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Friday, May 6, 2016
- “The government doesn’t care about us because we are from the south,” Mohamed Salah Lichekh, head of the Oubari local council in southern Libya, told IPS, expressing the majority sentiment in this part of the country.
The feeling of being forgotten by Tripoli, which is very strong in southern Libya, is bringing the three ethnic groups – the Arabs, Toubous and Tuaregs – from the Fezzan region in the south together against the Libyan state.
Despite clashing after the revolution which brought an end to Muammar Gaddafi’s rule in 2011, these three ethnic groups today live in relative calm. They are united against a government they accuse of wrongs, the first being its absence in the region.
Oubari is a predominantly Tuareg town, situated 200 kilometres west of Sebha, the capital of Fezzan. In this town of 40,000 people, there are problems with the telephone network. And the police presence on the damaged roads is rare.
“My cousin is a policeman but he only goes to the police station to collect his pay,” one local resident who requested anonymity told IPS.
This situation is not uncommon in this highly fragmented region. The head of the local council in Sebha, Ayoub Zaroug, said “The Chief of Police explained to me that his men don’t want to work because they are afraid.”
Things are similar in Mourzouk, Fezzan’s southernmost district. In this predominantly Toubou area, public services are glaringly lacking.
Ibrahim Ahmed, the chief of Agar, a small Arab village in Mourzouk, told IPS: “Yesterday [Sept. 3], there was a fire. We do not have a fire brigade, so we called Mourzouk town. But they didn’t have one either.
“We don’t have anything: no army, and no functional police force. Our police station doesn’t have cars, or radio communication – there is no support from Tripoli. In fact, all public services are suffering.”
Faced with these shortages, Libyans in the south have learned to manage by developing parallel systems based on tribal ways of life, Agila Majou, a representative of the Arab tribe Ouled Slimane, told IPS. “Today, since the government is incapable, we resolve problems between the tribes.”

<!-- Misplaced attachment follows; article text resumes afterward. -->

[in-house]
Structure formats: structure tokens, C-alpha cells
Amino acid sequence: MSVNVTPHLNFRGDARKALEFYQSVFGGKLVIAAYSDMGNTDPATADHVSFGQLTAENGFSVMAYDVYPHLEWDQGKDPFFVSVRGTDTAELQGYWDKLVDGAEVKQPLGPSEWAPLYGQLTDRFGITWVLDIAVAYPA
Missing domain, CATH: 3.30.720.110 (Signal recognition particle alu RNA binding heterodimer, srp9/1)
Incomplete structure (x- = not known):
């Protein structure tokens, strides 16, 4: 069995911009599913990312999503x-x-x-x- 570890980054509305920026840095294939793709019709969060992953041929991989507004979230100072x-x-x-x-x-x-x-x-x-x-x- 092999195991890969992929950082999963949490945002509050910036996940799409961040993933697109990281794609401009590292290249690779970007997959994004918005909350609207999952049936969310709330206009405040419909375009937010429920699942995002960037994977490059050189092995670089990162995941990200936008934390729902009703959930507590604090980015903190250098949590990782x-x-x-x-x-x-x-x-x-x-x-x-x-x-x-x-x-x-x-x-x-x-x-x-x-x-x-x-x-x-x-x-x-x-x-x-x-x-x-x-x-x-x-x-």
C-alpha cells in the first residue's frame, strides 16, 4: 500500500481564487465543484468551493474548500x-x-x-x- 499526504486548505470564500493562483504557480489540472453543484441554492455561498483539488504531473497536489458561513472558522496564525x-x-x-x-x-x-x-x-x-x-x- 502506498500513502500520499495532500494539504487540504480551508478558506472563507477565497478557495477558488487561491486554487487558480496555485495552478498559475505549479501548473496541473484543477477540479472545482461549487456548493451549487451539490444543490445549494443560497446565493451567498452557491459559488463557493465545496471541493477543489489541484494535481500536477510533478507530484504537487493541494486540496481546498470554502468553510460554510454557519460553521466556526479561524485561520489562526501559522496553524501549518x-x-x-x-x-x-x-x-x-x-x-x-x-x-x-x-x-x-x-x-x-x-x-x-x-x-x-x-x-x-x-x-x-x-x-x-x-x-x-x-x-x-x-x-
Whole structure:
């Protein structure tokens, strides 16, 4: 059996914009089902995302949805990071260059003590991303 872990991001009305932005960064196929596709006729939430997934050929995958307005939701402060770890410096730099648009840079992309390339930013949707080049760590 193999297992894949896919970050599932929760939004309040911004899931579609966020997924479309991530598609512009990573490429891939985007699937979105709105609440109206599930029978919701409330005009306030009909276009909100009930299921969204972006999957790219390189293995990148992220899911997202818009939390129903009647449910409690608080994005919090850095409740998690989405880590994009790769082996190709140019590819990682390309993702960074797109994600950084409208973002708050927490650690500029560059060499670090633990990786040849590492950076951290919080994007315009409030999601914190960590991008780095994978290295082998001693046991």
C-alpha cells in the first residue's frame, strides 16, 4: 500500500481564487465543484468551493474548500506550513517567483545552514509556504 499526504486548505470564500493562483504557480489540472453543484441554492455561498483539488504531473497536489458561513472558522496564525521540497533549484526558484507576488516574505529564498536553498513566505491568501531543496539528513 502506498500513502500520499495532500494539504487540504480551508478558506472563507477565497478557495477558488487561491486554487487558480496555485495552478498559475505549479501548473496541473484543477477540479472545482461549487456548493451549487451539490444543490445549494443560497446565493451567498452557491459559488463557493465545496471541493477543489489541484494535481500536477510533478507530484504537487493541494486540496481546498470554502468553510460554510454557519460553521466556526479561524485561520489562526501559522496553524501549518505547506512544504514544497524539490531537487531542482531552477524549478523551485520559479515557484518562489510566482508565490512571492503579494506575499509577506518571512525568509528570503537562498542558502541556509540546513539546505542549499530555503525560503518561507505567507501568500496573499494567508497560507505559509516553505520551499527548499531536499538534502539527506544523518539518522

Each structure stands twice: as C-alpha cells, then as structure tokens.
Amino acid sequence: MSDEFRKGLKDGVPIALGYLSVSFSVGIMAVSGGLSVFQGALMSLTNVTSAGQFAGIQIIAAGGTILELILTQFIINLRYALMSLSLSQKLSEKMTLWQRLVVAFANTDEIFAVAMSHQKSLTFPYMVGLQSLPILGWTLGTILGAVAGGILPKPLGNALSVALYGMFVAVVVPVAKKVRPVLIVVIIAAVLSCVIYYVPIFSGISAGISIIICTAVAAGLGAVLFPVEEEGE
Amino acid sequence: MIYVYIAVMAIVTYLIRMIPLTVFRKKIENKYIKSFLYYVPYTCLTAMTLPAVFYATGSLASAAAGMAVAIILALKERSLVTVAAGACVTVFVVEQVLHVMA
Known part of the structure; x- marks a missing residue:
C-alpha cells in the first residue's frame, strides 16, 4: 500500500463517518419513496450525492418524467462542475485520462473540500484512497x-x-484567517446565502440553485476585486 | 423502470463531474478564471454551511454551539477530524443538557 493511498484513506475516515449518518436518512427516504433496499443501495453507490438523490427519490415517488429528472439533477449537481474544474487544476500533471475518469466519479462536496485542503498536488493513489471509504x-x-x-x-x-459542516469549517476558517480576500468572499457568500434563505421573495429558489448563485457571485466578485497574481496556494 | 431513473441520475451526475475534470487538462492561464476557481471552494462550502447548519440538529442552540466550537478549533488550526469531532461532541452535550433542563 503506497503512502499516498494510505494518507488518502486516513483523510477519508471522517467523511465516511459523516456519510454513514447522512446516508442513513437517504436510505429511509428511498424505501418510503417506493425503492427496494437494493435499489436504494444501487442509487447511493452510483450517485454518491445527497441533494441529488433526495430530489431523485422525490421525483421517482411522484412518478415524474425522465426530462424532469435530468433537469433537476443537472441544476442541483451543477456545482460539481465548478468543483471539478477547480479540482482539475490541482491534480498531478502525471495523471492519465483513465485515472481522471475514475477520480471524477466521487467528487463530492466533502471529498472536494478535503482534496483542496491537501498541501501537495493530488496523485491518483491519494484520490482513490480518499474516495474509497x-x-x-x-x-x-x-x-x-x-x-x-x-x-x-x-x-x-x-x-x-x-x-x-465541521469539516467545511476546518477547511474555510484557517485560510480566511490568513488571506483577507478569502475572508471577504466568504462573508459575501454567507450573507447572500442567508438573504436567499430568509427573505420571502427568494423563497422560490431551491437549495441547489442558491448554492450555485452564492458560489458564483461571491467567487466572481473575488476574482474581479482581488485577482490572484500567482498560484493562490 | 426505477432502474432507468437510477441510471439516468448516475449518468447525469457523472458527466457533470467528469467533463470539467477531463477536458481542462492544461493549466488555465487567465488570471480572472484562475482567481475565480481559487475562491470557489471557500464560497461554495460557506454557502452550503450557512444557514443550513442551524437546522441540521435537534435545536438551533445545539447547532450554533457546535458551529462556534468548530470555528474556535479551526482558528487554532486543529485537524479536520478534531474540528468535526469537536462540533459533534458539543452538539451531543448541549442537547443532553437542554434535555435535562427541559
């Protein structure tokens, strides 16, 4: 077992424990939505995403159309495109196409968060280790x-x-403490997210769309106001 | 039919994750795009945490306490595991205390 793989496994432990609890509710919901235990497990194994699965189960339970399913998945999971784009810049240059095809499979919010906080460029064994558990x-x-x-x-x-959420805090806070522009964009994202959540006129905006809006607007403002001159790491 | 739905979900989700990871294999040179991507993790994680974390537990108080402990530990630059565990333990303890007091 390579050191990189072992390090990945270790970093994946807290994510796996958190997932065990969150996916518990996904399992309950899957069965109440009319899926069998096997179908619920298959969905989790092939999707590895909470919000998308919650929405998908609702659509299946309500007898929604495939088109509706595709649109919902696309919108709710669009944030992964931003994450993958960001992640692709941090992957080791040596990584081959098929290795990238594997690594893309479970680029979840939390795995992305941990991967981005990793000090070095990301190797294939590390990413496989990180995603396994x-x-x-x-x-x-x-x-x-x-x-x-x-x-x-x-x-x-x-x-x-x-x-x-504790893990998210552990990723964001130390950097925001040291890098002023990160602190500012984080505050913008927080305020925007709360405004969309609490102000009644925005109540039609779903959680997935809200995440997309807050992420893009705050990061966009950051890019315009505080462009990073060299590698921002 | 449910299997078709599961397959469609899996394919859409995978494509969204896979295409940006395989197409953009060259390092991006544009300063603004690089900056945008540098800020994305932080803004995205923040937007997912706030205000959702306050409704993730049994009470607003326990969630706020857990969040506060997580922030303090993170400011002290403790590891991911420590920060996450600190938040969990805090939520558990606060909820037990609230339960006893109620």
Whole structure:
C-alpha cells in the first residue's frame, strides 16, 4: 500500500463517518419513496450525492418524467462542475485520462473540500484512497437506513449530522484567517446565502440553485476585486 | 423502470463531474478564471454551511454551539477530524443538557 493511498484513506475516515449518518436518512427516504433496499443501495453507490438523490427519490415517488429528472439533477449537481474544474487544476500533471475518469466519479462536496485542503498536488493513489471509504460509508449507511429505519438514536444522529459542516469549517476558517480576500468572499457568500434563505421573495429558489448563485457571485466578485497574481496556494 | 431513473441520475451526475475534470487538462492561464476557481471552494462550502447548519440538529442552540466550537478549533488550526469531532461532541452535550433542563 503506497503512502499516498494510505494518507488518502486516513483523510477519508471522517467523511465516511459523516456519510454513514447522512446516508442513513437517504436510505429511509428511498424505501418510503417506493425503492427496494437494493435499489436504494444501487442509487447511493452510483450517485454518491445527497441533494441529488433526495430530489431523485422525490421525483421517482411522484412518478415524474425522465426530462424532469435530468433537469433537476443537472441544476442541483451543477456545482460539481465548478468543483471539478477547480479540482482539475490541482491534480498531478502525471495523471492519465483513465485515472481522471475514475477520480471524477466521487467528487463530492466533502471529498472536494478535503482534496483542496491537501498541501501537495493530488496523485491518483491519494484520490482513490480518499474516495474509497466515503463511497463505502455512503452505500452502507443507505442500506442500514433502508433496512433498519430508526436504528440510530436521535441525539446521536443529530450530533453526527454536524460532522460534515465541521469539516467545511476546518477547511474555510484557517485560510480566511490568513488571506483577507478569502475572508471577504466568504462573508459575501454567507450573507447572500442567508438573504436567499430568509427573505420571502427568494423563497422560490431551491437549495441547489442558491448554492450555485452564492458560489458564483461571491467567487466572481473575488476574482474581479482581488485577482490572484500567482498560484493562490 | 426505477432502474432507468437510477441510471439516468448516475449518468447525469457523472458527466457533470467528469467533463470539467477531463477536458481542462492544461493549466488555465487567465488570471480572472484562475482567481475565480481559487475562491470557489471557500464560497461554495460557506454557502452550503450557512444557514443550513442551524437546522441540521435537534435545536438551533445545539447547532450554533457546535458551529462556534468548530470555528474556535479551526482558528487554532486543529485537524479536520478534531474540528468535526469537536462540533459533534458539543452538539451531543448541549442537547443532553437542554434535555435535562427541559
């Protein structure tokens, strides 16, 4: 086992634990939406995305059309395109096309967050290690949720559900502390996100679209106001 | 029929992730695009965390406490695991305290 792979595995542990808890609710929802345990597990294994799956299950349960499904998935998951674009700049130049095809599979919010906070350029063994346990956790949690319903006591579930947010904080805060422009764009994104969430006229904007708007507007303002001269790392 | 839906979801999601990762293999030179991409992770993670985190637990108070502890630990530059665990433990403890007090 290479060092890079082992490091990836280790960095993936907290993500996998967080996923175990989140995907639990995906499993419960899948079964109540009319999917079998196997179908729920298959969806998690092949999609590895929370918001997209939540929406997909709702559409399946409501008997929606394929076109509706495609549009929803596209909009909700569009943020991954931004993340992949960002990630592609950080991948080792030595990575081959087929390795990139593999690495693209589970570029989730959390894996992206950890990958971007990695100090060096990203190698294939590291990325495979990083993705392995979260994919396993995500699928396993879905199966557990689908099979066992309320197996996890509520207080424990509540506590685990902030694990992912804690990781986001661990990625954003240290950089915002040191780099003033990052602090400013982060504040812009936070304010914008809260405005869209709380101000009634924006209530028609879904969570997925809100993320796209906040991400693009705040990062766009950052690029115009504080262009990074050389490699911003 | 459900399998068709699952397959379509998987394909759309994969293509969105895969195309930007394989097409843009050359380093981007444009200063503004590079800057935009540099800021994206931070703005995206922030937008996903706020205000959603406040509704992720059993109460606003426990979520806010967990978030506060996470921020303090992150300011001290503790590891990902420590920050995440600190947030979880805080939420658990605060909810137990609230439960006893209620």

For example in Qahira, a poor neighbourhood in Sebha, “a group of 60 people made up of revolutionaries and resident volunteers” provides security, according to the Toubou head of this slum, Adam Ahmed. “They patrol the area and use their own arms. When there is a problem, the tribal leaders come together,” he told IPS.
Ahmed added that most criminals flee and hide in partially constructed buildings that were abandoned by an Indian company during the revolution. “We know where they are, but no one is arresting them.”
An annoyed Youssef Souri from the Mourzouk local council added: “And even if they are arrested…We have asked the government three times to reopen the court. But we have not received a response.
“When a robbery is committed, if the person is arrested, he spends a few days in prison. His family then acts as a guarantor and pays a security deposit, which is repaid after the trial.”
In criminal cases, the procedures differ: “Murderers are sent to Sebha, where judges continuously postpone judgements for fear of reprisals,” Souri told IPS.
This de facto autonomy has given certain sections of the population ideas: why not vote for a Libyan federation? This idea, which is taking centre-stage in Cyrenaica in east Libya, has begun to germinate in the hearts of people in the south.
Take for example Ibrahim Youssef, director of an organisation in Mourzouk, who said “I am a federalist because I want Fezzan to benefit from its wealth which currently goes entirely to Tripoli. But I want a real federation, not three countries like people in the east [are calling for].”
Colonel Wardacoo Barca, who is in charge of security in Mourzouk, admitted to having “met with federalists from the east.” He told IPS, however, that “We are going to meet with the Tuaregs to draft a proposal for government.
“We want the money earned from Fezzan petroleum to come back to us and also, better representation in government and in the diplomatic corps. If Tripoli doesn’t respond, we will support the formation of a federation,” he said.
“If we demand a federal state, we are convinced that all our African neighbours will support us.”
From under his yellow cheich or scarf, Barca added: “What we really want is a government that is present everywhere…and some form of recognition.”
For the Tuaregs, recognition would also include nationality. A member of the Oubari Reconciliation Commission, Jeli Ali, stressed that 14,000 Tuareg families, who have not been able to provide proof of their ancestors’ birthplace have not received their Libyan national identity number – which is essential for university enrolment and employment as a civil servant.
“We are victims of racism,” Ali, a Tuareg, complained. “Who are the original inhabitants of Libya? Not the Arabs, but the Tuaregs, the Toubous and the Berbers. We have land as proof of our nationality, they have paper,” he told IPS.
Ali warned: “We are not going to let it be. History shows that rights are eventually obtained, by force if necessary!”